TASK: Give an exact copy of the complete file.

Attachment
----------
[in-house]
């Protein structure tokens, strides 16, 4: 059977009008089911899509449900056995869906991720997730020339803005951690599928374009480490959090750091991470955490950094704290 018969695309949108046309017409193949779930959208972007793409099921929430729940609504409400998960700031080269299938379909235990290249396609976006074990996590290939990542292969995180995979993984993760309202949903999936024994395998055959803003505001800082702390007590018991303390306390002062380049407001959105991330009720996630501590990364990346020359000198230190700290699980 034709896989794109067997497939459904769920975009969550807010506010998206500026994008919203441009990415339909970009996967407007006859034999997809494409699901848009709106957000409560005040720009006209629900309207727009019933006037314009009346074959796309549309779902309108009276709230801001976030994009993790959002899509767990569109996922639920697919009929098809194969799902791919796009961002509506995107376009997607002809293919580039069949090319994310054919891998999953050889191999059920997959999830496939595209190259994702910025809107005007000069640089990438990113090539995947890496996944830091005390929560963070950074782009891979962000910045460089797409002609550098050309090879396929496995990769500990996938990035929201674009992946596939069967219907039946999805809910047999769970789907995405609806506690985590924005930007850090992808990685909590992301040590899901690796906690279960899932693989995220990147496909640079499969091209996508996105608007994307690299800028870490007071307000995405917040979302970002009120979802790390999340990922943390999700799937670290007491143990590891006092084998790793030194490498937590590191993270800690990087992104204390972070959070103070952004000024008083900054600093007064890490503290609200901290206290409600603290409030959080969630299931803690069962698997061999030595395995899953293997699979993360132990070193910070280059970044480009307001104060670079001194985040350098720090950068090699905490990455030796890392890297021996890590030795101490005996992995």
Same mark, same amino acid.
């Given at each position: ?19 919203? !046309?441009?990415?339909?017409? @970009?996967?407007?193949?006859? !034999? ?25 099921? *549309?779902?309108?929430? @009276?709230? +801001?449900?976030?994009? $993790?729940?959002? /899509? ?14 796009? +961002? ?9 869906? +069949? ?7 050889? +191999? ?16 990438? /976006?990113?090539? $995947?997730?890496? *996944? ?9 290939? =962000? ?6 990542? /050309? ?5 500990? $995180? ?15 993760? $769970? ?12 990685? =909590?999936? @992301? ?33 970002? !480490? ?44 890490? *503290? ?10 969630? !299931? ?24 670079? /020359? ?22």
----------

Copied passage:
[in-house]
């Protein structure tokens, strides 16, 4: 059977009008089911899509449900056995869906991720997730020339803005951690599928374009480490959090750091991470955490950094704290 018969695309949108046309017409193949779930959208972007793409099921929430729940609504409400998960700031080269299938379909235990290249396609976006074990996590290939990542292969995180995979993984993760309202949903999936024994395998055959803003505001800082702390007590018991303390306390002062380049407001959105991330009720996630501590990364990346020359000198230190700290699980 034709896989794109067997497939459904769920975009969550807010506010998206500026994008919203441009990415339909970009996967407007006859034999997809494409699901848009709106957000409560005040720009006209629900309207727009019933006037314009009346074959796309549309779902309108009276709230801001976030994009993790959002899509767990569109996922639920697919009929098809194969799902791919796009961002509506995107376009997607002809293919580039069949090319994310054919891998999953050889191999059920997959999830496939595209190259994702910025809107005007000069640089990438990113090539995947890496996944830091005390929560963070950074782009891979962000910045460089797409002609550098050309090879396929496995990769500990996938990035929201674009992946596939069967219907039946999805809910047999769970789907995405609806506690985590924005930007850090992808990685909590992301040590899901690796906690279960899932693989995220990147496909640079499969091209996508996105608007994307690299800028870490007071307000995405917040979302970002009120979802790390999340990922943390999700799937670290007491143990590891006092084998790793030194490498937590590191993270800690990087992104204390972070959070103070952004000024008083900054600093007064890490503290609200901290206290409600603290409030959080969630299931803690069962698997061999030595395995899953293997699979993360132990070193910070280059970044480009307001104060670079001194985040350098720090950068090699905490990455030796890392890297021996890590030795101490005996992995």
Same mark, same amino acid.
């Given at each position: ?19 919203? !046309?441009?990415?339909?017409? @970009?996967?407007?193949?006859? !034999? ?25 099921? *549309?779902?309108?929430? @009276?709230? +801001?449900?976030?994009? $993790?729940?959002? /899509? ?14 796009? +961002? ?9 869906? +069949? ?7 050889? +191999? ?16 990438? /976006?990113?090539? $995947?997730?890496? *996944? ?9 290939? =962000? ?6 990542? /050309? ?5 500990? $995180? ?15 993760? $769970? ?12 990685? =909590?999936? @992301? ?33 970002? !480490? ?44 890490? *503290? ?10 969630? !299931? ?24 670079? /020359? ?22």